Category Archives: Patrice

The Decade

My youngest, Patrice, is 10.  A whole decade.  One I never dreamed I would survive in the early days, months, years…

Her birth completed our family and just about killed me.  Baby blues came.  My midwife talked me through those days.  And then I got a week of peace.  I thought I was in the clear…then I couldn’t sleep.  My brain refused to shut off no matter what I did.  I couldn’t stop moving.  I had to be busy or I was just sure I would fall apart.  I had three girls 4 and under–and we never stopped going to the park, the library, anything I could find to do while wearing a tiny baby.  I even cleaned my house!!

The darkness was overwhelming me.  I was sure my family would be better off without me.  I would e-mail my midwife who would convince me I should go back home.  I didn’t want to leave my family–I just didn’t see how I would ever survive.

Over the years I have done hospital stays; I take medicine that makes me sick every single day.  I run for exercise and to keep my sanity.  I have people around me that love me, encourage me, challenge me, help me focus on why I continue to fight and live.

My postpartum depression and anxiety were not nice enough to resolve and leave…it made itself at home as bipolar 2 and anxiety.  I am pretty sure there is another diagnosis but eh, who has the time to remember them all?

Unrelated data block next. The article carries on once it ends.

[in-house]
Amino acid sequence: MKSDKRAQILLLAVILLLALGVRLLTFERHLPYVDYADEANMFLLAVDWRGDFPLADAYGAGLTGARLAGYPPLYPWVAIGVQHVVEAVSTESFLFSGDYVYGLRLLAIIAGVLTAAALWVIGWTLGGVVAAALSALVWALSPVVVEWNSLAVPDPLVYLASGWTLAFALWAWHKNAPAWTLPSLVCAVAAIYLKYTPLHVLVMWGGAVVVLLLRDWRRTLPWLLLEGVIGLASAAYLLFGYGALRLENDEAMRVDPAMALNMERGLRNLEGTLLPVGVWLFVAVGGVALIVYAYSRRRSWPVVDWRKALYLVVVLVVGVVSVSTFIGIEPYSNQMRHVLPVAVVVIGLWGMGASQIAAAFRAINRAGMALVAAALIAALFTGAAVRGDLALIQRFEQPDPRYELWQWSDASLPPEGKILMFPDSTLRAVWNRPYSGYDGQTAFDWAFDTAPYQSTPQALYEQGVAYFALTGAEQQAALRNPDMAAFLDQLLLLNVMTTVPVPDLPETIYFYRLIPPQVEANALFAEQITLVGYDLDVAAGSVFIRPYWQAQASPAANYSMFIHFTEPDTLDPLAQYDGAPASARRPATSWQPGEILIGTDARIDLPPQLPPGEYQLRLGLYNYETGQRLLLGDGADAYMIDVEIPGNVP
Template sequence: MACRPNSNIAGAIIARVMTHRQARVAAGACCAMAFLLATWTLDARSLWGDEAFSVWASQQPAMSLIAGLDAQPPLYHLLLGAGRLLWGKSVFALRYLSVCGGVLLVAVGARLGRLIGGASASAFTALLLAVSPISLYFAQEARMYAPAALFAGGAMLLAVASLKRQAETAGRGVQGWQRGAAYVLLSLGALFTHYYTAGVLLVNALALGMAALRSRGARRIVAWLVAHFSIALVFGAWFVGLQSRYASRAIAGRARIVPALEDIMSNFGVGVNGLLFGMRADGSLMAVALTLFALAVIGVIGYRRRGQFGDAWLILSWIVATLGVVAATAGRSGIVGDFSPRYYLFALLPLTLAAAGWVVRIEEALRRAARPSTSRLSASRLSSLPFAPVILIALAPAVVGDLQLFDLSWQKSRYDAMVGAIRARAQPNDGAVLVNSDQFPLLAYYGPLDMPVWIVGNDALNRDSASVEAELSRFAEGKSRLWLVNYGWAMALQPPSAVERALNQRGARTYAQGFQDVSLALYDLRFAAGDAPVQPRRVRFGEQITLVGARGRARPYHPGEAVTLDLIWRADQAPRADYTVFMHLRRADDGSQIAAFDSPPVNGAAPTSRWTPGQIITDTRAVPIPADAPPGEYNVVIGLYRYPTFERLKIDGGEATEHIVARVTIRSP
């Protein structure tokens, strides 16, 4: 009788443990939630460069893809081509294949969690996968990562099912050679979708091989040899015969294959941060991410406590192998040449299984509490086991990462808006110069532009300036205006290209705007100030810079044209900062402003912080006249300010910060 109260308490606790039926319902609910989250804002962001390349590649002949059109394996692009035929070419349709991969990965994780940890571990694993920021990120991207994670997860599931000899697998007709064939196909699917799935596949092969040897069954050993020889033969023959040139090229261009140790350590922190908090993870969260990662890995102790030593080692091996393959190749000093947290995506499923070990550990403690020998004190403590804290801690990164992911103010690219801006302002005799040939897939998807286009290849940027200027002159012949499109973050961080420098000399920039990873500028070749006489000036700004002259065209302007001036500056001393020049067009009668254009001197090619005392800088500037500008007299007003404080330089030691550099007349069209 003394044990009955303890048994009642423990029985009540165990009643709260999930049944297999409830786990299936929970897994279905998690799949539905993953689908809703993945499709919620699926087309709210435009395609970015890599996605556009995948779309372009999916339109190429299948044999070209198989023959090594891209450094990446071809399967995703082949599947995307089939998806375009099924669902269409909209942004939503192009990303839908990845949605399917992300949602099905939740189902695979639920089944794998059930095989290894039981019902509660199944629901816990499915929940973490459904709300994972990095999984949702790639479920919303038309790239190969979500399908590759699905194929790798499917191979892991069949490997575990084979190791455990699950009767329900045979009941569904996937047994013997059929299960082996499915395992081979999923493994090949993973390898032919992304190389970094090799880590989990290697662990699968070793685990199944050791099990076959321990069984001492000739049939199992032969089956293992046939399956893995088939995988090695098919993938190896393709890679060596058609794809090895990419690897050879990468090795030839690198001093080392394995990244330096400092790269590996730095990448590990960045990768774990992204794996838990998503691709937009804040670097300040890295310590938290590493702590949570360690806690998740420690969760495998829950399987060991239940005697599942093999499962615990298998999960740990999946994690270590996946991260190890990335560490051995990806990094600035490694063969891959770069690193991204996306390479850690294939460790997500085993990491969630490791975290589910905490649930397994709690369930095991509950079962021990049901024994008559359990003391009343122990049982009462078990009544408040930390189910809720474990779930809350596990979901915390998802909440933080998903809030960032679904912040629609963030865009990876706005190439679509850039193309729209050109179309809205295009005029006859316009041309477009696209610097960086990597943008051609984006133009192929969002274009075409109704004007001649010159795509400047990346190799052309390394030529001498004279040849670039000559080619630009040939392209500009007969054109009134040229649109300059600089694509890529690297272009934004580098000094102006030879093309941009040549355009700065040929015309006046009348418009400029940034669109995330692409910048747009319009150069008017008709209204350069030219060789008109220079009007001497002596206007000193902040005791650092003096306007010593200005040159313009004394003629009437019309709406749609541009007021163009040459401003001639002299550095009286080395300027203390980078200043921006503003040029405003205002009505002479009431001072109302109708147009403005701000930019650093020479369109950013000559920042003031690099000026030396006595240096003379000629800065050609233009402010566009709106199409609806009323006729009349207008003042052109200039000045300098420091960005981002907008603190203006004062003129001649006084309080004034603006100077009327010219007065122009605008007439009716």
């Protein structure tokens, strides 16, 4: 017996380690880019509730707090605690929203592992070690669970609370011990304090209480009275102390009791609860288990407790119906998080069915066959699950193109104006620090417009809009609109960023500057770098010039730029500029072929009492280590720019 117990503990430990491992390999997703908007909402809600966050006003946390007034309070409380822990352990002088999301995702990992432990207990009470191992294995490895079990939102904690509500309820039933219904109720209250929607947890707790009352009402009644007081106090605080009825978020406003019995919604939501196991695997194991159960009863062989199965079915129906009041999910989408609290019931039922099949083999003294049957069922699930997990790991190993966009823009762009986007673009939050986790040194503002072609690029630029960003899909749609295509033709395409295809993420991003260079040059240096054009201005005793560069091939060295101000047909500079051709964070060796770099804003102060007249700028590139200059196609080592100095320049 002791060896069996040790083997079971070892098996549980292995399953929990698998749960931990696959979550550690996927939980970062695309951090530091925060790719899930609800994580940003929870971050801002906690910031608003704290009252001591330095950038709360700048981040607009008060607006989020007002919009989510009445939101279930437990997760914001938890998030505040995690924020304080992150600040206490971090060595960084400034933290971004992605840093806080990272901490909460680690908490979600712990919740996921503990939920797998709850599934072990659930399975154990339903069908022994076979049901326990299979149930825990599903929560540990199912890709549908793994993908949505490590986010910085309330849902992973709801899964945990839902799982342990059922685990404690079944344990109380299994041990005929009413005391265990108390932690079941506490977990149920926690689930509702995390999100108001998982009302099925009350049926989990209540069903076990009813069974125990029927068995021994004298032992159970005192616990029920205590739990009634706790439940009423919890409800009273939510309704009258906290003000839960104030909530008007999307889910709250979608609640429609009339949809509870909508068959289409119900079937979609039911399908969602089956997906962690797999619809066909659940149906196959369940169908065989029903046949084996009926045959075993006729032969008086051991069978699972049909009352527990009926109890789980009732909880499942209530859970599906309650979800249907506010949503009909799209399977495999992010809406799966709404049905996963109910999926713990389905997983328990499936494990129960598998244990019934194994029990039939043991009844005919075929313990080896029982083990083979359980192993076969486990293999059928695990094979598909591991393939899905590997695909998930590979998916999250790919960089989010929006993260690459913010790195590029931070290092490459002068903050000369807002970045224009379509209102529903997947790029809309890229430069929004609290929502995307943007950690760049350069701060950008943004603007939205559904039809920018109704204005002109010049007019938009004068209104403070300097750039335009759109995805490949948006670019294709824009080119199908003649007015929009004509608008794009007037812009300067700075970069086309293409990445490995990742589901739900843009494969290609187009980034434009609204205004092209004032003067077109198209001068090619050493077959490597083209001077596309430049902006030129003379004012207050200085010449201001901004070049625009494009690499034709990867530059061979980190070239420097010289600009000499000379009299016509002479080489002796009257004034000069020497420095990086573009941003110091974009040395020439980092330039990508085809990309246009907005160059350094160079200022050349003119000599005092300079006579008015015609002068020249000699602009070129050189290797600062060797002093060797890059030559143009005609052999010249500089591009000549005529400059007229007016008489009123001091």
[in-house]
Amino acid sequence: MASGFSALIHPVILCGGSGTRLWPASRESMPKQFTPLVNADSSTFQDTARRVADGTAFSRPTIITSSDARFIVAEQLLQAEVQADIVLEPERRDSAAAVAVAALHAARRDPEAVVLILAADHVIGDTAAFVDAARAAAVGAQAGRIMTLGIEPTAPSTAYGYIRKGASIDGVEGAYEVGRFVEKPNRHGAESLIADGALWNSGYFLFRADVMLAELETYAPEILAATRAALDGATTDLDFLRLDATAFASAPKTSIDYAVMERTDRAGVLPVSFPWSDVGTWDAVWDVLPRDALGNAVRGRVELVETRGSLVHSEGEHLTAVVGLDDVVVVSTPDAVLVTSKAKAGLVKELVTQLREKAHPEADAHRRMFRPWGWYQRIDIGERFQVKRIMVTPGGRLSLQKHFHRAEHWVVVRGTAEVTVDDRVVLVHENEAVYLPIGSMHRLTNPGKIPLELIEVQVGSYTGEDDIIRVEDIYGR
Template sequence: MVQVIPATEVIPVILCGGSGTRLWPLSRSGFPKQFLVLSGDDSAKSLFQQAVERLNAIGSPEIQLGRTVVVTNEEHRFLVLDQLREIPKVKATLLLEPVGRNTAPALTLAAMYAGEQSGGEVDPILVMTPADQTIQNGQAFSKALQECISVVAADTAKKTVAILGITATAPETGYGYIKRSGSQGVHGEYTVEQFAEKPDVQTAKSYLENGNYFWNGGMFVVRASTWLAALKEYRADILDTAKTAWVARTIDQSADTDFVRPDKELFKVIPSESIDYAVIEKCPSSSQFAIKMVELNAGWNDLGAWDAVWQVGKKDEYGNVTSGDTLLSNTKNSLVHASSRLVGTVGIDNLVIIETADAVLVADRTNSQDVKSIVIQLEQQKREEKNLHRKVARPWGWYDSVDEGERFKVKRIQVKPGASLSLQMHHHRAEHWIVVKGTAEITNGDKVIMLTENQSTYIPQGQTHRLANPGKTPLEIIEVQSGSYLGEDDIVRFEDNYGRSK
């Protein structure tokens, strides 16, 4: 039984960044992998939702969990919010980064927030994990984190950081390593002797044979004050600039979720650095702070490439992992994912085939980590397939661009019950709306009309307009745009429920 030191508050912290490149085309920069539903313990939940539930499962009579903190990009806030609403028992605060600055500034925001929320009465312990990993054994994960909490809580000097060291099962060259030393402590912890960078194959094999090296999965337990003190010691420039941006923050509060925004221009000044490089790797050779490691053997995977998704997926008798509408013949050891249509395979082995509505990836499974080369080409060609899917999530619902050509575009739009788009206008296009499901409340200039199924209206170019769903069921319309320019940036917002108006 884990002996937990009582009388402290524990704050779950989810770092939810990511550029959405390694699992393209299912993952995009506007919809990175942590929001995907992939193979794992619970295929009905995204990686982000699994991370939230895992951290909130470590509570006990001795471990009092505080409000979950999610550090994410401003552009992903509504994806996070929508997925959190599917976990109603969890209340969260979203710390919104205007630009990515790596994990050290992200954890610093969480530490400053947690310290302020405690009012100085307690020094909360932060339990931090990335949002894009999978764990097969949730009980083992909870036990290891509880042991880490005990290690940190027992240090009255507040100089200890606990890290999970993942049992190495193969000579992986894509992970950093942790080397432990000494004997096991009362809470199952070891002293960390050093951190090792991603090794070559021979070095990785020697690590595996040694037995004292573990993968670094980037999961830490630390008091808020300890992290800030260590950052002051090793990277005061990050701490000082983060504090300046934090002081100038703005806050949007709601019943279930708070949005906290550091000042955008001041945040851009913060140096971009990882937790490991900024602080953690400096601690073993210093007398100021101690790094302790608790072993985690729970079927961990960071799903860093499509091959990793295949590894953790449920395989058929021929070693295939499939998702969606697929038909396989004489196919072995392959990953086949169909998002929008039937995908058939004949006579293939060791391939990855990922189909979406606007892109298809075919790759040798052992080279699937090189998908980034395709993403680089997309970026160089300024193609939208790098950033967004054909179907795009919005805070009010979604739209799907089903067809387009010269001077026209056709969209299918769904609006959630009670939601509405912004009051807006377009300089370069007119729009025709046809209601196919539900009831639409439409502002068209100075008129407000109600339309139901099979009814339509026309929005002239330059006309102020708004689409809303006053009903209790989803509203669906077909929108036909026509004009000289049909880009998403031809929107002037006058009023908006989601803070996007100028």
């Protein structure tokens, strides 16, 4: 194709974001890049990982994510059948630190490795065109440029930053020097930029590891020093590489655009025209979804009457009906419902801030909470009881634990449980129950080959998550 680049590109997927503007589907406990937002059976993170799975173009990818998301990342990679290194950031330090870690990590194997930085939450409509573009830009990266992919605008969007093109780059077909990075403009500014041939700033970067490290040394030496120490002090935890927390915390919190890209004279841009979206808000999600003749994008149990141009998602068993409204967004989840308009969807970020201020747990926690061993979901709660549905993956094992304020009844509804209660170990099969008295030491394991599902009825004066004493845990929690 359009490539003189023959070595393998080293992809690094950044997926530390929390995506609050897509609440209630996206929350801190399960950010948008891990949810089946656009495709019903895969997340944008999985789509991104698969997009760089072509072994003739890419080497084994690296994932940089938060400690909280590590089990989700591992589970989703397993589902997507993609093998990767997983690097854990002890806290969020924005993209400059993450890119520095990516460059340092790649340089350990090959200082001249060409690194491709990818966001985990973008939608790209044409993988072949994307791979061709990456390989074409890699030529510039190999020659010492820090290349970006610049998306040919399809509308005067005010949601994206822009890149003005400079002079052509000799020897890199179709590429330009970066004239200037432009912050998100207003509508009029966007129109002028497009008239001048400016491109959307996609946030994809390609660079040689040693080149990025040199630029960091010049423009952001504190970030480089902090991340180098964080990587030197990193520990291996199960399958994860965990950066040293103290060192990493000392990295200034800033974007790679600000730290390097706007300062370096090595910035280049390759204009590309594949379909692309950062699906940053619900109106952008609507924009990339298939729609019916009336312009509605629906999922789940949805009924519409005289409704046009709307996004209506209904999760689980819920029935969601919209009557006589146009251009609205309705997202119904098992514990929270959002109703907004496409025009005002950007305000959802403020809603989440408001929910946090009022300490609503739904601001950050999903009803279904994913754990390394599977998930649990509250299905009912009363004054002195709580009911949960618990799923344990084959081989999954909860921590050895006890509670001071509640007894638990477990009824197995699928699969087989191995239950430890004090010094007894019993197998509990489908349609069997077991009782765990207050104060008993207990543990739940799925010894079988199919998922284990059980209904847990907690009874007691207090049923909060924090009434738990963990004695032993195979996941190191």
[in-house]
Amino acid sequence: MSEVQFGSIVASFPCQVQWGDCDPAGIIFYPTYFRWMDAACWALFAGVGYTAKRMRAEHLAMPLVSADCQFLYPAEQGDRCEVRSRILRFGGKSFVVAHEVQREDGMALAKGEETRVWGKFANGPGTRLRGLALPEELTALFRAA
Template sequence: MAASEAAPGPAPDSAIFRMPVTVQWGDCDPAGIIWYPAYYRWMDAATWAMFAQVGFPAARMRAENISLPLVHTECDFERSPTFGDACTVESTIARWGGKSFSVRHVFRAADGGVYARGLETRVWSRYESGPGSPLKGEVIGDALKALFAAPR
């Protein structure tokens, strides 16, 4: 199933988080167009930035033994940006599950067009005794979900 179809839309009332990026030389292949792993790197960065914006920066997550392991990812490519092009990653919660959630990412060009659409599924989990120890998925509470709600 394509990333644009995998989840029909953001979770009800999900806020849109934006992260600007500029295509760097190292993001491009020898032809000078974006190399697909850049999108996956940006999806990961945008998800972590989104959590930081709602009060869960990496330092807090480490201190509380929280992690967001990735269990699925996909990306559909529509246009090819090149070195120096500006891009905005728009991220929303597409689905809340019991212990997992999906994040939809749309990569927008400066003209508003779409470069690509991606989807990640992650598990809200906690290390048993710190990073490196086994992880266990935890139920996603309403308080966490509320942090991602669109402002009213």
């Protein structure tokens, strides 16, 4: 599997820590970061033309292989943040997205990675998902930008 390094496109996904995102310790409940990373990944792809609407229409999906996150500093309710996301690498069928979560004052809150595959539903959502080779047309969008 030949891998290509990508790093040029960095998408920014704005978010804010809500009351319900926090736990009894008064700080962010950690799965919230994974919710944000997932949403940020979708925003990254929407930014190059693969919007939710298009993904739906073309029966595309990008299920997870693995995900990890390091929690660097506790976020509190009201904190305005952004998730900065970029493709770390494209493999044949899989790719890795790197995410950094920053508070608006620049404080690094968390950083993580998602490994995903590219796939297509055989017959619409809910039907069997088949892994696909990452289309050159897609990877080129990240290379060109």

But here we are, 10 years later.  Patrice seems pretty happy and growing in Jesus, living life in this pandemic.  Ten years later, we are all here to celebrate the decade of Patrice and how far we have come!

Walking your own journey with postpartum mood disorders and need someone to talk to or get resources?  Contact the PSI warm line (leave a message) call 1-800-944-4773 or text 503-894-9453.  Leave in your message if you would like to talk with someone with particular expertise, such as Armed Forces, Arabic speaking, Spanish speaking, dads, adoptive parents, birth mothers, postpartum psychosis.

School Year

Where did this year go?  I swear it started yesterday but here we are…starting our last week on Monday!!

I am ready.

The girls are ready.

Frazier is probably even ready.

I am sure the turtle is ready.

Did we get it all done?  Heck no!!!

But Sue did an amazing job with reading.  She read so many books!  She read things like Bridge to Terabethia, Paddington Bear, Island of the Blue Dolphin, Refugee, some Dork Diaries books, some Who Was biographies, Anne of Green Gables, Across Five Aprils.  A lot.

Ukranian eggs were decorated.

Ice skating was discovered.

Dissections were done (grasshopper and squid).

Syrian foods were eaten.

Math was done–each of the girls completed a level and started the next!!

Random schoolwork was done.

A good year was had…

 

 

What a Marvelous Feeling

Today, I became a collector of half marathon finisher medals!!  I read that once you have three of something, you have a collection.  Today, I added my third half finisher medal!!

Three months of squeezing in runs, building miles, letting other tasks and hobbies slide, culminating in 13.1 miles from the USA over to Canada and back again.

I dragged my family out of bed at 4 am–yelled and fussed until I was in my corral at 6:30–over an hour before sunrise.